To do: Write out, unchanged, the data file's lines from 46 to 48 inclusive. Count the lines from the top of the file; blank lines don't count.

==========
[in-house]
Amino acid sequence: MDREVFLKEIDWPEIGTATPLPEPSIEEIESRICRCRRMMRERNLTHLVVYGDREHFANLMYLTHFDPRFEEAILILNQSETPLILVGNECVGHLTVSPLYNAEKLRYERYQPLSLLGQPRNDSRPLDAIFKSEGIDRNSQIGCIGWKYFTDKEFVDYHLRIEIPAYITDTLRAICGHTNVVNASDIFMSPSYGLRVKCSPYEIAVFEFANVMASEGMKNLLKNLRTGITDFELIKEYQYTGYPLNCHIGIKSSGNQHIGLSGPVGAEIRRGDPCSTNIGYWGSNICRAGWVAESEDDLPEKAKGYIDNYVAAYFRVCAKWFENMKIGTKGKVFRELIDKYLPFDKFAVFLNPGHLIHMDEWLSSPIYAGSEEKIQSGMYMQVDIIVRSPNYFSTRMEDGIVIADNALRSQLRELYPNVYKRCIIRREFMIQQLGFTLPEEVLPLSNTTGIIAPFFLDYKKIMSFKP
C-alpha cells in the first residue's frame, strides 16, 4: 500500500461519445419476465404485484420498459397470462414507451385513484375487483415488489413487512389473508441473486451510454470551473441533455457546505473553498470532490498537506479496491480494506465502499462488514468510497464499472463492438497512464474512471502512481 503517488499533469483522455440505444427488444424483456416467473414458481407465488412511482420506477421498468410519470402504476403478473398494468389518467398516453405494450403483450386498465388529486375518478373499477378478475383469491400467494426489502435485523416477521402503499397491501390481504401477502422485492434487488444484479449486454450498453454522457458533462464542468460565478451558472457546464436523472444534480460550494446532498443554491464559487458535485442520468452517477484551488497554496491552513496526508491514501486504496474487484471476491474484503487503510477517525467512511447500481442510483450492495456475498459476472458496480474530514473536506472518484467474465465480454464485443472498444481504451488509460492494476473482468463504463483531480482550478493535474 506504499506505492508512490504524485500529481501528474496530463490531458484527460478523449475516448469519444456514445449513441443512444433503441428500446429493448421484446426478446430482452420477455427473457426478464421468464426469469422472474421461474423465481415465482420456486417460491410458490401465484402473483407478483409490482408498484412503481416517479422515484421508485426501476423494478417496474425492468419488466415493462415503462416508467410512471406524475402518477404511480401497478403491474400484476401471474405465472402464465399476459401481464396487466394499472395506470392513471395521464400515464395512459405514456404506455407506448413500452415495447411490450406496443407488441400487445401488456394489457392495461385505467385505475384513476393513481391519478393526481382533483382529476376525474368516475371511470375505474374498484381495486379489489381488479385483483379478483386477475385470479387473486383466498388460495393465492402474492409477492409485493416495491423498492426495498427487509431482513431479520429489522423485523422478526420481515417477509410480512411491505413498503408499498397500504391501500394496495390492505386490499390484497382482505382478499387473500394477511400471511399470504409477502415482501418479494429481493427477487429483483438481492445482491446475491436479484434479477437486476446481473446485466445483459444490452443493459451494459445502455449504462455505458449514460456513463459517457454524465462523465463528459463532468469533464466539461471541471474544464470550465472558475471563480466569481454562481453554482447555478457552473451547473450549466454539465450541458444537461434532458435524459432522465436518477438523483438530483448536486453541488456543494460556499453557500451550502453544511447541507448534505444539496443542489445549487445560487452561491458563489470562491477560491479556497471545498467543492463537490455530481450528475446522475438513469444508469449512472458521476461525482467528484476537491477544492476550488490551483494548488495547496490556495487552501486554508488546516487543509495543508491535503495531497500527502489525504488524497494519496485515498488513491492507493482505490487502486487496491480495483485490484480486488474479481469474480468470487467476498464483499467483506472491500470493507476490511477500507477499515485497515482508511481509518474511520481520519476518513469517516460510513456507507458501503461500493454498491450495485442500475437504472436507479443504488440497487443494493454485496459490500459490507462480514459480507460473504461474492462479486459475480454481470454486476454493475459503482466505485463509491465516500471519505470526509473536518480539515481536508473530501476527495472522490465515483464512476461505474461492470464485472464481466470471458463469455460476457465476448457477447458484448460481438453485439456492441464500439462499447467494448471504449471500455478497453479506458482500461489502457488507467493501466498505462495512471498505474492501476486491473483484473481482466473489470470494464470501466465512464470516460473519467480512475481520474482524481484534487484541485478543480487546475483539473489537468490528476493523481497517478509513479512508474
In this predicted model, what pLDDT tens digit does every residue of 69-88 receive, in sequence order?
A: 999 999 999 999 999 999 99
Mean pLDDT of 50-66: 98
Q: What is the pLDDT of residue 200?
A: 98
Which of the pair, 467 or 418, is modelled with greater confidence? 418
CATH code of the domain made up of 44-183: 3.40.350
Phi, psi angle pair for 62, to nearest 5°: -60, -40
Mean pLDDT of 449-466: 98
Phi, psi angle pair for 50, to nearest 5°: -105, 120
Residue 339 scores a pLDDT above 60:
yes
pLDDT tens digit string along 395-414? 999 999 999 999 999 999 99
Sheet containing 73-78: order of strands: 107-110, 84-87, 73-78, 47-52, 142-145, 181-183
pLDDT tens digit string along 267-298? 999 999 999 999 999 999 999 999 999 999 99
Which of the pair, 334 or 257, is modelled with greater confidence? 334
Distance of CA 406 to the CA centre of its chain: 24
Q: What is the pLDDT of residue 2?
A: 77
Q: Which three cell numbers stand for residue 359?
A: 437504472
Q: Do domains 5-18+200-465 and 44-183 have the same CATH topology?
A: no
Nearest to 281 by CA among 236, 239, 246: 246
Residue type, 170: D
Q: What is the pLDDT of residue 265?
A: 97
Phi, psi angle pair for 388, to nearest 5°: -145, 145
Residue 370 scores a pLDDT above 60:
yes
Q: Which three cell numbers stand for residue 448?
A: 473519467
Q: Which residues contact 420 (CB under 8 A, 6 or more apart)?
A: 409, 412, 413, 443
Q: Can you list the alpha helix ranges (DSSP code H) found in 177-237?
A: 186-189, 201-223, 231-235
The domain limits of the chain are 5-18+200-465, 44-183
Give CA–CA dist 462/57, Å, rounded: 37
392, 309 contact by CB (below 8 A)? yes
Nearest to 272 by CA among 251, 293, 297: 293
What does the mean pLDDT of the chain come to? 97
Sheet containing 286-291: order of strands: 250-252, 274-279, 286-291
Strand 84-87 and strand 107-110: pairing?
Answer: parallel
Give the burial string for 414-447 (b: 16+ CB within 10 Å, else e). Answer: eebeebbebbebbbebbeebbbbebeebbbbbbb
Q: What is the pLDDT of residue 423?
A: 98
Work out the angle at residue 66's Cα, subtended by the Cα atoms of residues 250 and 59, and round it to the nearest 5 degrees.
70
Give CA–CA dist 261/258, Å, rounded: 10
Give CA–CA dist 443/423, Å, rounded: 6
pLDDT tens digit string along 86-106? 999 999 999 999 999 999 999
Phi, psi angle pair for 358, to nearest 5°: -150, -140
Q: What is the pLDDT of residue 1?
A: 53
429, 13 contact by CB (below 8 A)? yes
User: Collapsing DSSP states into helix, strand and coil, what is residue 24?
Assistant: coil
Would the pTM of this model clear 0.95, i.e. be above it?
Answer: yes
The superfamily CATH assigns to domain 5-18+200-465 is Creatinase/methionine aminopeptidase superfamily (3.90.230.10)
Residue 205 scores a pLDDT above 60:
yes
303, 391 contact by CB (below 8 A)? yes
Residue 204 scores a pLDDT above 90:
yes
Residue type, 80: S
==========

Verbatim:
Strand 84-87 and strand 107-110: pairing?
Answer: parallel
Give the burial string for 414-447 (b: 16+ CB within 10 Å, else e). Answer: eebeebbebbebbbebbeebbbbebeebbbbbbb